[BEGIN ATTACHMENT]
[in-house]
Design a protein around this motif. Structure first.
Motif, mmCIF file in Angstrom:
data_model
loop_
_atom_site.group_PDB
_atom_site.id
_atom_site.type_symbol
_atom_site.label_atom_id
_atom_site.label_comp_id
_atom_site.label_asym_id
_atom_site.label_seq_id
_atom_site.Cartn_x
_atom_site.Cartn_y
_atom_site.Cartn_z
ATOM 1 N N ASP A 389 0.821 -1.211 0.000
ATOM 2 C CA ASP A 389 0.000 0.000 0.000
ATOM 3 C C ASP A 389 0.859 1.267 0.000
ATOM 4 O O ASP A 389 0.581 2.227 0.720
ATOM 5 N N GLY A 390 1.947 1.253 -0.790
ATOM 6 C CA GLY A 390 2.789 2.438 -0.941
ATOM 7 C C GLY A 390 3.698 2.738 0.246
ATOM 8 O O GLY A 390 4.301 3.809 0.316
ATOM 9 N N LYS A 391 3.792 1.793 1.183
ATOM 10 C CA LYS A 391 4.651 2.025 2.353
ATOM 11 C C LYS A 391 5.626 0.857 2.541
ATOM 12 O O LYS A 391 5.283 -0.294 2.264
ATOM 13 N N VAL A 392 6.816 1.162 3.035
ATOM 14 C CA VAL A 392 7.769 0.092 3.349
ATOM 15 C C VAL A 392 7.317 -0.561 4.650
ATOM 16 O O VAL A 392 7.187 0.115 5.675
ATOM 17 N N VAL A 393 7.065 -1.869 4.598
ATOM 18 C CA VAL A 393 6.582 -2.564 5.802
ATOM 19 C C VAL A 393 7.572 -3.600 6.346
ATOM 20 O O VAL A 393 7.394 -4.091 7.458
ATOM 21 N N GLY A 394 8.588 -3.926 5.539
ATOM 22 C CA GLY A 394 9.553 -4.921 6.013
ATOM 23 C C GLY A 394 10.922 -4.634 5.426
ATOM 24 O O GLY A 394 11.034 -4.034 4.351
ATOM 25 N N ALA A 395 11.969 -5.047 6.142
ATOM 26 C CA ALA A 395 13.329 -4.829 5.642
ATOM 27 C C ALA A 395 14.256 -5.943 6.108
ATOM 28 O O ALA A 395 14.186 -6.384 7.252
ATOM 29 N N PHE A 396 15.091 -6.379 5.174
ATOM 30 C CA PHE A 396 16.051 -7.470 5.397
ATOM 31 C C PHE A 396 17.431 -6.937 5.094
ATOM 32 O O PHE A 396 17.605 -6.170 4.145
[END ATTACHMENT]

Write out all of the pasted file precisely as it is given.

[in-house]
Design a protein around this motif. Structure first.
Motif, mmCIF file in Angstrom:
data_model
loop_
_atom_site.group_PDB
_atom_site.id
_atom_site.type_symbol
_atom_site.label_atom_id
_atom_site.label_comp_id
_atom_site.label_asym_id
_atom_site.label_seq_id
_atom_site.Cartn_x
_atom_site.Cartn_y
_atom_site.Cartn_z
ATOM 1 N N ASP A 389 0.821 -1.211 0.000
ATOM 2 C CA ASP A 389 0.000 0.000 0.000
ATOM 3 C C ASP A 389 0.859 1.267 0.000
ATOM 4 O O ASP A 389 0.581 2.227 0.720
ATOM 5 N N GLY A 390 1.947 1.253 -0.790
ATOM 6 C CA GLY A 390 2.789 2.438 -0.941
ATOM 7 C C GLY A 390 3.698 2.738 0.246
ATOM 8 O O GLY A 390 4.301 3.809 0.316
ATOM 9 N N LYS A 391 3.792 1.793 1.183
ATOM 10 C CA LYS A 391 4.651 2.025 2.353
ATOM 11 C C LYS A 391 5.626 0.857 2.541
ATOM 12 O O LYS A 391 5.283 -0.294 2.264
ATOM 13 N N VAL A 392 6.816 1.162 3.035
ATOM 14 C CA VAL A 392 7.769 0.092 3.349
ATOM 15 C C VAL A 392 7.317 -0.561 4.650
ATOM 16 O O VAL A 392 7.187 0.115 5.675
ATOM 17 N N VAL A 393 7.065 -1.869 4.598
ATOM 18 C CA VAL A 393 6.582 -2.564 5.802
ATOM 19 C C VAL A 393 7.572 -3.600 6.346
ATOM 20 O O VAL A 393 7.394 -4.091 7.458
ATOM 21 N N GLY A 394 8.588 -3.926 5.539
ATOM 22 C CA GLY A 394 9.553 -4.921 6.013
ATOM 23 C C GLY A 394 10.922 -4.634 5.426
ATOM 24 O O GLY A 394 11.034 -4.034 4.351
ATOM 25 N N ALA A 395 11.969 -5.047 6.142
ATOM 26 C CA ALA A 395 13.329 -4.829 5.642
ATOM 27 C C ALA A 395 14.256 -5.943 6.108
ATOM 28 O O ALA A 395 14.186 -6.384 7.252
ATOM 29 N N PHE A 396 15.091 -6.379 5.174
ATOM 30 C CA PHE A 396 16.051 -7.470 5.397
ATOM 31 C C PHE A 396 17.431 -6.937 5.094
ATOM 32 O O PHE A 396 17.605 -6.170 4.145